For many an open casket ceremony (where you can actually see the deceased person) can be highly distressing at first. Even before the ceremony as the information comes to hand the distress can overwhelm, especially where the departed person was a close loved one or someone with whom you had a very meaningful relationship with. For many the lead up is actually more distressing than the event itself. While most eventually allow themselves one last look despite their anxiety some still refuse to face the corpse. The choice of facing or not facing the body may well be tied up with many other rituals. If you are in any doubt about the customs involved ask the planners (if they’re not too distressed) or simply talk to someone about your fears. Who knows, it may be deeper than just your fear of death, perhaps you’re simply struggling to say goodbye?
What happens during embalming and viewing?
Before the body is displayed it’s common for it to go through a process called “embalming”, it can just be washed but for viewing (the name for open casket ceremonies) the norm, and in some cases the requirement is that the body be embalmed. Embalming usually involves draining blood and using specific chemicals to preserve the body. Once this is done the body is literally dressed in the clothes of choice. Following this the body may have makeup and concealer applied to present the corpse in the most presentable way possible. Once this is all done the body is placed in a casket (not always but normally) and the either the top half or the full lid of coffin is opened for viewing. Closed casket is simply the opposite of this where the casket is closed, it is also called a “visitation”.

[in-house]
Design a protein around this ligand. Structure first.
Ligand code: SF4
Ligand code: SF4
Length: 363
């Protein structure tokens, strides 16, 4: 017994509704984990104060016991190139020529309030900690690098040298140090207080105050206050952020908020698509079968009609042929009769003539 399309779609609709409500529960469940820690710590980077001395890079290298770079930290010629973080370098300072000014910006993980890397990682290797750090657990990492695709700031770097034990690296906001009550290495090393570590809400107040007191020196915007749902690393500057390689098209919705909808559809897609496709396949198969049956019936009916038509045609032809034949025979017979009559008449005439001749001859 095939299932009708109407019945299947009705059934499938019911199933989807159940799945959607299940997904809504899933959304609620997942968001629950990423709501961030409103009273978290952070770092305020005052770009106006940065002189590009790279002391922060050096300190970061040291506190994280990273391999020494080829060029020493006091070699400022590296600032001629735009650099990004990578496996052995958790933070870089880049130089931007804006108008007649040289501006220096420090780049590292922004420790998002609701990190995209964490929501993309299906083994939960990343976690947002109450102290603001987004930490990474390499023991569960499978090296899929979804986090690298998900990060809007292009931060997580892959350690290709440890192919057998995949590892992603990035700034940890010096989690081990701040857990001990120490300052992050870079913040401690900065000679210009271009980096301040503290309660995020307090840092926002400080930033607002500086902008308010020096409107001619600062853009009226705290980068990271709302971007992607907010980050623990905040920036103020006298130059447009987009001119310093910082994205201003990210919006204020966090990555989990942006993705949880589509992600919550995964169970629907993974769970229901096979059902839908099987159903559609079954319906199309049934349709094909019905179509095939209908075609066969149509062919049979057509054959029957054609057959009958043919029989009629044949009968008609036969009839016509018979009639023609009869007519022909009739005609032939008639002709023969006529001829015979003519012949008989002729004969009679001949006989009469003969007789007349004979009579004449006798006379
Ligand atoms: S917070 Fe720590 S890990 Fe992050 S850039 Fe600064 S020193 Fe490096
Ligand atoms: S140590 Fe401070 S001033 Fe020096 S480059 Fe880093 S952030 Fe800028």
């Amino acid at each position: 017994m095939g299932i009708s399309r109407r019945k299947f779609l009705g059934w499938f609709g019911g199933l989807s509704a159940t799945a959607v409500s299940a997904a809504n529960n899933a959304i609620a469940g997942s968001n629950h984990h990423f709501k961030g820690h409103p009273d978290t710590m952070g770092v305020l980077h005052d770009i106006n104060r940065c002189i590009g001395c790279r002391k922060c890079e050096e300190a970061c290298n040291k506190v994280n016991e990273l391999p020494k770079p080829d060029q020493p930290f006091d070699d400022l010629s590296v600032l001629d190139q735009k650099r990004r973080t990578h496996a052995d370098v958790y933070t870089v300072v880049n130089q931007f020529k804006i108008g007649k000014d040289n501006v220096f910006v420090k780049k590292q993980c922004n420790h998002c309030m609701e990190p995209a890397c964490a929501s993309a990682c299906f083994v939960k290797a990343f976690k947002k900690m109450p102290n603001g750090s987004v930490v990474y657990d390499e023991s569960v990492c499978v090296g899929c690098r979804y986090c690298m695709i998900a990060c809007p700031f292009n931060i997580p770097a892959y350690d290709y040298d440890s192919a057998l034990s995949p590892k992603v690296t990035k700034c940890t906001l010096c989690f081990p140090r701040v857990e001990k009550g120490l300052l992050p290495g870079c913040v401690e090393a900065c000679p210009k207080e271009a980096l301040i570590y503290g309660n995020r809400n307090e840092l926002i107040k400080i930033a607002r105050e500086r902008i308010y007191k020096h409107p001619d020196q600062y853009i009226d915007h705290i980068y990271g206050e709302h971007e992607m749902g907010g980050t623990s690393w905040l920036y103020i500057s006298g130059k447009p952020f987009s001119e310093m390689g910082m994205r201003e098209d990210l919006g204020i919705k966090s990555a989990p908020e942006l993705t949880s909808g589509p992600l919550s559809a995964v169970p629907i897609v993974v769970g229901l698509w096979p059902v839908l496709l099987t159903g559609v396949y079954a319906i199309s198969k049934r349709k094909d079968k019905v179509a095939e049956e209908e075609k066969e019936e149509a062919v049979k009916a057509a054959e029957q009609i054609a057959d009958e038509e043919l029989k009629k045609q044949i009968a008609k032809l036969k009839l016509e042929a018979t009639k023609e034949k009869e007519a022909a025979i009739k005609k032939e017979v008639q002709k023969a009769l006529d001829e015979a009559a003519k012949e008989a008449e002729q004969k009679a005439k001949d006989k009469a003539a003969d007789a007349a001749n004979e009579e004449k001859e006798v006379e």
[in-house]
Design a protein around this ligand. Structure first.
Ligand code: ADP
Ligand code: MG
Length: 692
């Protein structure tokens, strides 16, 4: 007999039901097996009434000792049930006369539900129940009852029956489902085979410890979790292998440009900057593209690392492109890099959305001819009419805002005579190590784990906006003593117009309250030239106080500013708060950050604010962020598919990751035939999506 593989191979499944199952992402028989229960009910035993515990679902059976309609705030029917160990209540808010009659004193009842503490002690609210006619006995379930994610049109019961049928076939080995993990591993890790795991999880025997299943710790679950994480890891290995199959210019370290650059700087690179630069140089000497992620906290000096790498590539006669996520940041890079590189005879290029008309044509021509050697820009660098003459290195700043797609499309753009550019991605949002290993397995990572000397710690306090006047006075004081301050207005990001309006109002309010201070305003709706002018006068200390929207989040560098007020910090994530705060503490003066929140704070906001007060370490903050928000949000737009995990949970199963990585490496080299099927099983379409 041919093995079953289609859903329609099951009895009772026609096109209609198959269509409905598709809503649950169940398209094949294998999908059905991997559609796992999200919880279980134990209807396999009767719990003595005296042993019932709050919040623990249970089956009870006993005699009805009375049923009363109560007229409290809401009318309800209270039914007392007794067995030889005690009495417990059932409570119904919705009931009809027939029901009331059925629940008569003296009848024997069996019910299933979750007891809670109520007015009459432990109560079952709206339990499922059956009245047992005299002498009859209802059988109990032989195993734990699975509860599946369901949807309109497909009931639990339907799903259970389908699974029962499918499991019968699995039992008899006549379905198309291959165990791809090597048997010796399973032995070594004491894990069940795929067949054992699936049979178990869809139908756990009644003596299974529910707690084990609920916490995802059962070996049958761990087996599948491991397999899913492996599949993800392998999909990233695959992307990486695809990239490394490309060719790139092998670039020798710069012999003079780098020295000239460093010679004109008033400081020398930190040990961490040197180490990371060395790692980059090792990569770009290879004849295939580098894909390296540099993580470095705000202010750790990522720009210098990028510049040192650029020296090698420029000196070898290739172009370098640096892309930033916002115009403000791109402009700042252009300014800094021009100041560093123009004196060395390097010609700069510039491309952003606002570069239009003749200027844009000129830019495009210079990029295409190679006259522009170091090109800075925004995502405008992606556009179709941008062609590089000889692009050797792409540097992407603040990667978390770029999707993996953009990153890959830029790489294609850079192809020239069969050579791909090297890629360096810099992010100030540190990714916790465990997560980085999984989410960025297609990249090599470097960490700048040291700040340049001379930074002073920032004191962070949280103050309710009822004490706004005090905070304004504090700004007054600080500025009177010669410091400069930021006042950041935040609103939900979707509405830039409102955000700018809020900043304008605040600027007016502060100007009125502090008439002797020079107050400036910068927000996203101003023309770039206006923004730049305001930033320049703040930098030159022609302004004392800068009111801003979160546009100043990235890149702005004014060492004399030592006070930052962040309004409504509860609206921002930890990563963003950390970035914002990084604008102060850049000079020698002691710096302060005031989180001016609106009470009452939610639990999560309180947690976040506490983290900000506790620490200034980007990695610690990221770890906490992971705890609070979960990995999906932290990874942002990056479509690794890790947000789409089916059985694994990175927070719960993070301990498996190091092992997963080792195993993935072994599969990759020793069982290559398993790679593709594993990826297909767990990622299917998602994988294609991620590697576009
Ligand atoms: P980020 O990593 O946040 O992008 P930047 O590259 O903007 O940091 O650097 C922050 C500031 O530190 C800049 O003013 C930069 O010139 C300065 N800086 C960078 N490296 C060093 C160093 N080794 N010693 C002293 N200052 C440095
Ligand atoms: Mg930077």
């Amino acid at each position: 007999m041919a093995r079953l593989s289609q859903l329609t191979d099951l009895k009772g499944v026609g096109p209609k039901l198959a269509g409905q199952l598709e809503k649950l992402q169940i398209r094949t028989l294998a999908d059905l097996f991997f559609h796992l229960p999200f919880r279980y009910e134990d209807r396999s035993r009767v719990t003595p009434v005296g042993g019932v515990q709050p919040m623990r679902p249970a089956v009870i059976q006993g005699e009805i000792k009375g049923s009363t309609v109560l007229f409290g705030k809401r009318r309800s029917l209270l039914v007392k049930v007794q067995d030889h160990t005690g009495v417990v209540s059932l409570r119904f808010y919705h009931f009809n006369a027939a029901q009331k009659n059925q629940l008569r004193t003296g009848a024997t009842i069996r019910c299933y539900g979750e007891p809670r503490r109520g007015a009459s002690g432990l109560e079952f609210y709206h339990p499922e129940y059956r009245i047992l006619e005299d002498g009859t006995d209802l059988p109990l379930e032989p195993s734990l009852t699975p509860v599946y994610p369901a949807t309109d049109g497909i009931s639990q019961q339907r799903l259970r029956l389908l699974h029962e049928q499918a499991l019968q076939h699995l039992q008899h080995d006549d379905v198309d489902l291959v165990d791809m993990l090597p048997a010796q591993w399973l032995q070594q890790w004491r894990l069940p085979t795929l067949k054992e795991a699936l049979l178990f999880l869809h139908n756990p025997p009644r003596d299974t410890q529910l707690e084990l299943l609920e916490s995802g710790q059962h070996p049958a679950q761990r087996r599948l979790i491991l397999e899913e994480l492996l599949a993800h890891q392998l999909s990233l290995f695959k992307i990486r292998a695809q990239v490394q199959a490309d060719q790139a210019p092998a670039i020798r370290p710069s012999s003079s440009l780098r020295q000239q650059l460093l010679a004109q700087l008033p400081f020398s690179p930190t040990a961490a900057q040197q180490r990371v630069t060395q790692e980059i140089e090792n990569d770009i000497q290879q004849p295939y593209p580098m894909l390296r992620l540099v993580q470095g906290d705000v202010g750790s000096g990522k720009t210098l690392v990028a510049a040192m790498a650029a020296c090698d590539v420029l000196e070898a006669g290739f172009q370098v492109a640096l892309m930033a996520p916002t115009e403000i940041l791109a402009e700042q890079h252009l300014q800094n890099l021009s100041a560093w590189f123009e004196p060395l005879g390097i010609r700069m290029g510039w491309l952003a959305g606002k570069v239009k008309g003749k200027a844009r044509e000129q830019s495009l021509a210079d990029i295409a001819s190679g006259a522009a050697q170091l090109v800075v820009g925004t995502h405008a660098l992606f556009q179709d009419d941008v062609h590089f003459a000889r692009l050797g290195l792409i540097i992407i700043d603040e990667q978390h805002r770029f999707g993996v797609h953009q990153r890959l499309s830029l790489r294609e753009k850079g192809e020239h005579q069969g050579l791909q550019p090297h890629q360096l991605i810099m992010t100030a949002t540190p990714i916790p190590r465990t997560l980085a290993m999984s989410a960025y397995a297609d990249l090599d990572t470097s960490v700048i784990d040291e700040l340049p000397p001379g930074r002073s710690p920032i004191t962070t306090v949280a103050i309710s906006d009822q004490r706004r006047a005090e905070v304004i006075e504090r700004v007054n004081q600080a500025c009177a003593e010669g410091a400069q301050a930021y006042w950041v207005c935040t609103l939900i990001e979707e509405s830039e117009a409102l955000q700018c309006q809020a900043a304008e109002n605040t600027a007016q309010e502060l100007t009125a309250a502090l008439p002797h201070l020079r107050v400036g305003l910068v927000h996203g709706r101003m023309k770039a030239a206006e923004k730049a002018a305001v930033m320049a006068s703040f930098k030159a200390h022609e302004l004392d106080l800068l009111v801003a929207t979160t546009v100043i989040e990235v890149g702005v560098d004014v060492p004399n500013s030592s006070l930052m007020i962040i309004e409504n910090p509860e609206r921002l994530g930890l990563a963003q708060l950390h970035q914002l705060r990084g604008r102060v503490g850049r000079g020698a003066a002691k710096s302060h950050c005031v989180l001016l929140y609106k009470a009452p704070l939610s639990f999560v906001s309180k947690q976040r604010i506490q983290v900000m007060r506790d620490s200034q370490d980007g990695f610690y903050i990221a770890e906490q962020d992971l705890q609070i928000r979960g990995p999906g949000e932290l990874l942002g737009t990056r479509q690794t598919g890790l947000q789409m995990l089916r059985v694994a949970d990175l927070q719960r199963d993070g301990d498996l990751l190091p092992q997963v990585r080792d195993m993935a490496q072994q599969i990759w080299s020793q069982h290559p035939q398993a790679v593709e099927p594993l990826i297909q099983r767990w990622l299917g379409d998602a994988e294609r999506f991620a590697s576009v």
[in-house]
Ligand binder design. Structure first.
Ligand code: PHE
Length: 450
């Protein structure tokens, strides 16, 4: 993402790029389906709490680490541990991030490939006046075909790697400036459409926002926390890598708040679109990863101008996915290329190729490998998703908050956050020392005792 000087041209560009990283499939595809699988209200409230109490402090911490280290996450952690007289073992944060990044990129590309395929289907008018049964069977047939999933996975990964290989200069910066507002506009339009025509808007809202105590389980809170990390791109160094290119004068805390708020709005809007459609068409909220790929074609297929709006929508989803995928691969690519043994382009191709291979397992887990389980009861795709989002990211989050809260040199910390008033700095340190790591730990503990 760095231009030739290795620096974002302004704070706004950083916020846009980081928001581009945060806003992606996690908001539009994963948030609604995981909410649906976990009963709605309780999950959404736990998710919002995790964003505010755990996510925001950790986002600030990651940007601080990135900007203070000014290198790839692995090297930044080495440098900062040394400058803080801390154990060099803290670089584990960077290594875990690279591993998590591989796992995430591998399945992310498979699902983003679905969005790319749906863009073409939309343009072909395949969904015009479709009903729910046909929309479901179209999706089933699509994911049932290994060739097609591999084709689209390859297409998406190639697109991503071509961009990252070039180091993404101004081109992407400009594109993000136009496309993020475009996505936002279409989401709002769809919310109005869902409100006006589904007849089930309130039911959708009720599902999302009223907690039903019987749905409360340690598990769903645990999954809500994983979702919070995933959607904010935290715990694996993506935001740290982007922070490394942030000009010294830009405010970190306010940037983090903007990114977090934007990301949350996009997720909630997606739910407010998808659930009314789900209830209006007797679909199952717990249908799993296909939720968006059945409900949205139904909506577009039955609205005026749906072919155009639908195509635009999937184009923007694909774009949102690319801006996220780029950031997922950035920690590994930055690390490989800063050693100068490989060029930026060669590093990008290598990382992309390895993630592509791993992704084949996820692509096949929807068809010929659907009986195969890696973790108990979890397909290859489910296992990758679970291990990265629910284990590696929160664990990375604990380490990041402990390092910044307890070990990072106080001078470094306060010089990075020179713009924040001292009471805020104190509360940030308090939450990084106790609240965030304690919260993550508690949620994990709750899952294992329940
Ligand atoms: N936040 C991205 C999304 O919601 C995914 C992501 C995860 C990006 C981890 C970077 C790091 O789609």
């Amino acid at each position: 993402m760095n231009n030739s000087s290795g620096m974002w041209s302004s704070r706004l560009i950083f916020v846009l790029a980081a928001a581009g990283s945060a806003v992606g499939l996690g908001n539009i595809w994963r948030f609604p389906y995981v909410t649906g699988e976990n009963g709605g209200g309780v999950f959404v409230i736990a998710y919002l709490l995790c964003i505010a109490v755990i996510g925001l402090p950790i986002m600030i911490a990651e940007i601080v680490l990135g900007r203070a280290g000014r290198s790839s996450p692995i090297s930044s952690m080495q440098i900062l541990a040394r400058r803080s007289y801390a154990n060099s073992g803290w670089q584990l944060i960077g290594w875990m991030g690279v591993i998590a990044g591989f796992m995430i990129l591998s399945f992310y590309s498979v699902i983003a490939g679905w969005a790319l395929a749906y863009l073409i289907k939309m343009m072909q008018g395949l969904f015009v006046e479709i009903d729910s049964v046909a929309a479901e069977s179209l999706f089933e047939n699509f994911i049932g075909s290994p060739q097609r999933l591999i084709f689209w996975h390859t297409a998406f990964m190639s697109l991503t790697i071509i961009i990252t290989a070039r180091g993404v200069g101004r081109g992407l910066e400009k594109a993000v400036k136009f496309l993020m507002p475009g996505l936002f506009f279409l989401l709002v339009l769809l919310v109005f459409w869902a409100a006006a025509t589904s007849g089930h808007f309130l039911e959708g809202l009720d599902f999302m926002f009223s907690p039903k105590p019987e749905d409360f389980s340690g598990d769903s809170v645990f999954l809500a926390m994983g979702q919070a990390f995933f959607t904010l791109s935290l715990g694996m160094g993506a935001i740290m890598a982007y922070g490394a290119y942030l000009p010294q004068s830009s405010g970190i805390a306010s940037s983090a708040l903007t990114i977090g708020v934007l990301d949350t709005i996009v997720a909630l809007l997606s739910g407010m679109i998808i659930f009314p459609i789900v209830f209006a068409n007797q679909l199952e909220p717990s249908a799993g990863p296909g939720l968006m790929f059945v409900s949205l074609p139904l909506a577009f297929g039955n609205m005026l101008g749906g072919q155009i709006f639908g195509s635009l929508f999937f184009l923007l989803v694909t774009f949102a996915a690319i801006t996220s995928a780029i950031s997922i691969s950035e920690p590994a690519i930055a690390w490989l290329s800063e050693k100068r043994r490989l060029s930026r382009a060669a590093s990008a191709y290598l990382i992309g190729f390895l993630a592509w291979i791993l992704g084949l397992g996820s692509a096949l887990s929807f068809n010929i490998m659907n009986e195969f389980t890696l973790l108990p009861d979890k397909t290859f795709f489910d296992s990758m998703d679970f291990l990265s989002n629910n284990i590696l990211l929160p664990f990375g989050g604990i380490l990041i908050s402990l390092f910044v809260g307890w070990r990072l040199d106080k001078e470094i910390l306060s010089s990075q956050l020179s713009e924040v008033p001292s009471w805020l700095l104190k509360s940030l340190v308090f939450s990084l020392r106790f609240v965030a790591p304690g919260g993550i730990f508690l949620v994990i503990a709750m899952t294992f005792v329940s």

What happens at the end?
Following a visitation (where the coffin is closed) or viewing the body then moves on to be either cremated, buried or placed in a above ground burial plot (a crypt or a tomb). Their may be a funeral service before or after the visitation or viewing. While it is normal for the visitation or viewing to precede the funeral service in religious cases there is no requirement for this to happen. Indeed the viewing or visitation can be at any stage of the funeral proceedings as long as it’s before the cremation/burial/entombment.
Is there anything else I need to know?
An interesting element about open or closed casket viewings or visitations is that they can occur in most if not any location. This is interesting as it opens the door to a lot of locations which could serve as a suitable place for a viewing.